Your guide to Proposition 1: Newsom’s overhaul of California’s mental health system

Gov. Gavin Newsom standing in front of a podium that has a blue sign that reads "Yes on 1"
Gov. Gavin Newsom kicked off his campaign for Proposition 1 at Los Angeles General Medical Center in Los Angeles, CA on Wednesday, Jan. 3, 2024.
(Myung J. Chun/Los Angeles Times)

Proposition 1 is the linchpin to Gov. Gavin Newsom’s solution to California’s homelessness and mental health crisis.

The measure asks voters to approve major changes to the state’s 20-year-old Mental Health Services Act to better serve Californians with substance use disorders. A “yes” vote on the measure would also approve a $6.4-billion bond to build facilities to provide 10,000 new treatment beds.

State lawmakers passed the plan last year to place the measure on the March 5 primary ballot. The rare bipartisan support at the Capitol speaks to reality that the problem stretches to every corner of California.


About 181,000 people statewide, including 75,000 in Los Angeles County, are homeless, according to 2023 counts. As much as 82% of unhoused individuals have experienced a serious mental health condition, and nearly two-thirds have at some point regularly used illicit drugs, according to a recent survey by UC San Francisco.


What will the measure do?

The governor’s plan, unveiled last March, seeks to reform California’s 20-year-old Mental Health Services Act.

Approved by voters in 2004, the act established a 1% tax on personal income above $1 million per year to expand California’s behavioral health system to improve care and support for people with serious mental health issues. The money went directly to counties to spend on mental health programs.

Proposition 1 asks voters to reconfigure the mental health law and set aside 30% of the tax, or about $1 billion a year, for supportive housing for those with serious mental health illnesses or substance use disorders.

The measure includes a bond to generate at least $6.4 billion in one-time funding, which was increased recently from $4.68 billion, largely to build 10,000 new behavioral health beds under a streamlined environmental permitting process.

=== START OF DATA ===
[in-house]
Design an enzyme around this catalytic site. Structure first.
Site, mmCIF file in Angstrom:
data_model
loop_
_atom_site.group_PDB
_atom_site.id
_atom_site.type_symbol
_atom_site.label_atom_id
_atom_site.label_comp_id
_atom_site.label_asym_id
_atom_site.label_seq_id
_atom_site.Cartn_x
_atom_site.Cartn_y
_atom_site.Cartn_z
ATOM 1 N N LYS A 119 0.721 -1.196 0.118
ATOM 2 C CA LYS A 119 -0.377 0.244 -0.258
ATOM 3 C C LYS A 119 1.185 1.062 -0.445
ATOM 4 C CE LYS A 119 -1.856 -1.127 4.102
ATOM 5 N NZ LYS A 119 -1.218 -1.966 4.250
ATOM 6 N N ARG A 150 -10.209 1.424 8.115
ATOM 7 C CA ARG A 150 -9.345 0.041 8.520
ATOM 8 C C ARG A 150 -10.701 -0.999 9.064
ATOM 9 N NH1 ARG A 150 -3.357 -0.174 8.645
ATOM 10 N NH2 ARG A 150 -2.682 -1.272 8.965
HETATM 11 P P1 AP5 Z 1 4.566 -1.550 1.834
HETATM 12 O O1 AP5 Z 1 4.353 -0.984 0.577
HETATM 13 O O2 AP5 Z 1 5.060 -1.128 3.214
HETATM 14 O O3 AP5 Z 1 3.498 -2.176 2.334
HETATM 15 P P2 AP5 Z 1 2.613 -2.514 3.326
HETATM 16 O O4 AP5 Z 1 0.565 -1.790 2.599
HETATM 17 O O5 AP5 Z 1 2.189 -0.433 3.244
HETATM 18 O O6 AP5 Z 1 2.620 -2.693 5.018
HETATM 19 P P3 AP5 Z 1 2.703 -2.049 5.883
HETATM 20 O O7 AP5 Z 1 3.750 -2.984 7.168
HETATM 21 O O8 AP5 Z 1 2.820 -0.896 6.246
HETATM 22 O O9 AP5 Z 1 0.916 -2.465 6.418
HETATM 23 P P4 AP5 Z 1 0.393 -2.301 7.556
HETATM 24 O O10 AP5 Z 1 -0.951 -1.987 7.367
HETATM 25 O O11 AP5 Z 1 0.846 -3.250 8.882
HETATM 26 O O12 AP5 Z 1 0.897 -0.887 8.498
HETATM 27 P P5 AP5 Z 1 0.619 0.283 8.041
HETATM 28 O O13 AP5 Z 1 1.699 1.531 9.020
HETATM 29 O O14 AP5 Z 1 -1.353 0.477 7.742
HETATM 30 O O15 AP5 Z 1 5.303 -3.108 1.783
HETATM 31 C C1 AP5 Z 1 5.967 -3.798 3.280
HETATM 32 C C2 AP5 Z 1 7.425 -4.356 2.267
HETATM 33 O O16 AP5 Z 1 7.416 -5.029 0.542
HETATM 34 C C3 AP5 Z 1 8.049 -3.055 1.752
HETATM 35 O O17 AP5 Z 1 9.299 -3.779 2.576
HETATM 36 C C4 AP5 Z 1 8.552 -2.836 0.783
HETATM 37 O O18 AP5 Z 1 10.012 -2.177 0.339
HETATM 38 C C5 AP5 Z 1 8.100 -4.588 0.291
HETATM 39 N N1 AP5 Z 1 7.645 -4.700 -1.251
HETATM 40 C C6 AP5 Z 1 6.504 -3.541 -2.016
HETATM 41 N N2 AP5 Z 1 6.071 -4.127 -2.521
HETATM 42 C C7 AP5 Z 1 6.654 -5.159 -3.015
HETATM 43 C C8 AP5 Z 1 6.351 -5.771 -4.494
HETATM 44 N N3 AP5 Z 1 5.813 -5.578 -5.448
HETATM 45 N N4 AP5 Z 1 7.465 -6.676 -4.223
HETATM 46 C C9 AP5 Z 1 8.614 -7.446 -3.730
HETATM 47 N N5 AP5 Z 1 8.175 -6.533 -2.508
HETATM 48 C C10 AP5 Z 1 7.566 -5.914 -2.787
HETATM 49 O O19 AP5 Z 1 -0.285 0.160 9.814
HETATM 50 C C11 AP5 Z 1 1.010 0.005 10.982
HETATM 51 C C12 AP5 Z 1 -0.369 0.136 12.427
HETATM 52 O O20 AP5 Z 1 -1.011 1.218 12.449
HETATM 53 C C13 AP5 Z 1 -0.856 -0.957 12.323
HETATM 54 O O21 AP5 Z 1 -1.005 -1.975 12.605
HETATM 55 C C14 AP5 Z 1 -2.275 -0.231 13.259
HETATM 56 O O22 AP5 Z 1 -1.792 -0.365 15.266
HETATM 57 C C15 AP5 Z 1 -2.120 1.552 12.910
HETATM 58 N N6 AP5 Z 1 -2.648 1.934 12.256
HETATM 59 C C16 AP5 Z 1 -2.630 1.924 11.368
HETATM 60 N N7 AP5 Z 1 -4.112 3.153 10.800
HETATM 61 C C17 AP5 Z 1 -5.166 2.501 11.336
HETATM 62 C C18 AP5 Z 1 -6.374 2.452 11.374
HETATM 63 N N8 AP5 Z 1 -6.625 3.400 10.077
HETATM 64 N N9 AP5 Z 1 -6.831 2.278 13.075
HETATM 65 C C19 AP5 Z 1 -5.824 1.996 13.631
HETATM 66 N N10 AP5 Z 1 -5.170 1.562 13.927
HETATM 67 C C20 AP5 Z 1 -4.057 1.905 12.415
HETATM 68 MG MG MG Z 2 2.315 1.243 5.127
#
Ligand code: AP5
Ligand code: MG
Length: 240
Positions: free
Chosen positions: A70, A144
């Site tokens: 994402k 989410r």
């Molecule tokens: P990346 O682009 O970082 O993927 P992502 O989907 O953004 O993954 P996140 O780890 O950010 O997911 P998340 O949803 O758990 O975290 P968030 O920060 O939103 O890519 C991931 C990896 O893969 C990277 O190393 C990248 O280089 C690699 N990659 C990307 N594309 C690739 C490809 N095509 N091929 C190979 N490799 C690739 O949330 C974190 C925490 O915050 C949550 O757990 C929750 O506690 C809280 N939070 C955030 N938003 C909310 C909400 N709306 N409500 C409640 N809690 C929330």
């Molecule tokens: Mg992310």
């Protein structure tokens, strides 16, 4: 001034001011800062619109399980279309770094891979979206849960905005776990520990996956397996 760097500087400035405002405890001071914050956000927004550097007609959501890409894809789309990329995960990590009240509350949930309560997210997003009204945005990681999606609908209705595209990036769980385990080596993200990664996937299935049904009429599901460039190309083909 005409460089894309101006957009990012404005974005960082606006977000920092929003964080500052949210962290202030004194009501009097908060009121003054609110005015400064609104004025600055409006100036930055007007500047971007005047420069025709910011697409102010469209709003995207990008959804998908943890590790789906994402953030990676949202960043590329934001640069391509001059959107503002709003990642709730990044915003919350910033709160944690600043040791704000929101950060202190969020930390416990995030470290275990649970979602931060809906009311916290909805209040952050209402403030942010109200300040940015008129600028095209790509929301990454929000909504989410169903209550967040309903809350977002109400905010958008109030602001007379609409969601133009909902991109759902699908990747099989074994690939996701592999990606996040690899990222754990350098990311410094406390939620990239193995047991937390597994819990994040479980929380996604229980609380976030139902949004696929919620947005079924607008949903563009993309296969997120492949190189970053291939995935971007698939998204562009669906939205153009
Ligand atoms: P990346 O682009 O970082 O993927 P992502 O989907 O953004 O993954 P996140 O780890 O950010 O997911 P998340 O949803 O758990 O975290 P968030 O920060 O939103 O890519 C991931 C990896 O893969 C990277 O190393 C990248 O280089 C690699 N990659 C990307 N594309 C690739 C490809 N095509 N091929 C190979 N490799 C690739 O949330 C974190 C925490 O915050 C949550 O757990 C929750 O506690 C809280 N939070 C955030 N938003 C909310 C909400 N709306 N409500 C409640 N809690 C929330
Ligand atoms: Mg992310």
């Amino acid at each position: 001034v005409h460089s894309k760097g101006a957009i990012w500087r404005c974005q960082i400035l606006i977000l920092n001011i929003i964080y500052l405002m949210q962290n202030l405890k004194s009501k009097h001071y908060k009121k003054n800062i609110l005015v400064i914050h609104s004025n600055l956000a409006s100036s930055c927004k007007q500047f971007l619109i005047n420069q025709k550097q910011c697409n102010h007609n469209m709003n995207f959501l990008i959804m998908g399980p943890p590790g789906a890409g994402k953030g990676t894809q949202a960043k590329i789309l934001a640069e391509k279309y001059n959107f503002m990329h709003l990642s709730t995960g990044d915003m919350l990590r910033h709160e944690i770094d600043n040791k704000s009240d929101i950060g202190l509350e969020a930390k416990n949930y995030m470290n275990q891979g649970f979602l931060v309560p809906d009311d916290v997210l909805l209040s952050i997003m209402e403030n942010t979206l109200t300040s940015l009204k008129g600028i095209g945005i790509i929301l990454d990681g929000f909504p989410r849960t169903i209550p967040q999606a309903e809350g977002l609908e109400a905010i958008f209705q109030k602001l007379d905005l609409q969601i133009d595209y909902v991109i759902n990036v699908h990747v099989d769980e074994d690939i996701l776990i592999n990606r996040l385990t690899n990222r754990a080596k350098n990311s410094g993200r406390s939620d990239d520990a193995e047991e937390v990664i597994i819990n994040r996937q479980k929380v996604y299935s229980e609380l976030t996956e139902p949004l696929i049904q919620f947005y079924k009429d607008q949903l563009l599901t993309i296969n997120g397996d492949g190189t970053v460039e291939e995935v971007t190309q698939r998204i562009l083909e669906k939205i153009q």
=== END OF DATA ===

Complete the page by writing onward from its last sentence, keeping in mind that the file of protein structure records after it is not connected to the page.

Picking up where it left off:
Who are the proponents?

Newsom crafted the measure last year and asked lawmakers to place it on the March ballot.

He contends that the changes under Proposition 1 will help get the most vulnerable Californians out of encampments and into care. The governor argues that the state must modernize the Mental Health Services Act to better meet the needs of today and to serve Californians with substance use disorders.

California’s U.S. Senate contest is among the most competitive and expensive in the nation. Voters will also weigh in on legislative and local contests and a multi-billion-dollar ballot measure.

Feb. 1, 2024

The proposal builds on his ongoing effort to increase access to behavioral health services and build more supportive housing for people experiencing homelessness, which remains an entrenched problem for California and the Democratic governor despite billions spent by the state to address the issue.


Who opposes Proposition 1?

A coalition that includes state Sen. Brian Jones (R-Santee), Assemblymember Diane Dixon (R-Newport Beach), the Howard Jarvis Taxpayers Assn. and several mental health advocacy groups oppose Newsom’s plan, arguing that it’s too costly and will reduce local funding for existing mental health services.

Provisions of the measure, which allow the funding to be used for secure mental health facilities, also roiled civil rights groups as the plan moved through the state Legislature.


Related coverage

California’s homelessness and mental health crisis is so dire that Republicans and Democrats are leaving their ideological corners and stepping into an unfamiliar middle ground to try to solve the problem.

Jan. 31, 2024

Gov. Gavin Newsom urged support of Proposition 1, an overhaul of California’s mental health system that will be on the ballot in the March 5 primary.

Jan. 3, 2024

Gov. Gavin Newsom calls for sweeping mental health reforms to generate billions for behavioral health facilities throughout California.

March 19, 2023

California lawmakers approved Gov. Gavin Newsom’s mental health plan. The overhaul is his latest effort to lessen the homelessness crisis, a vexing problem for the state and its Democratic governor.

Sept. 11, 2023

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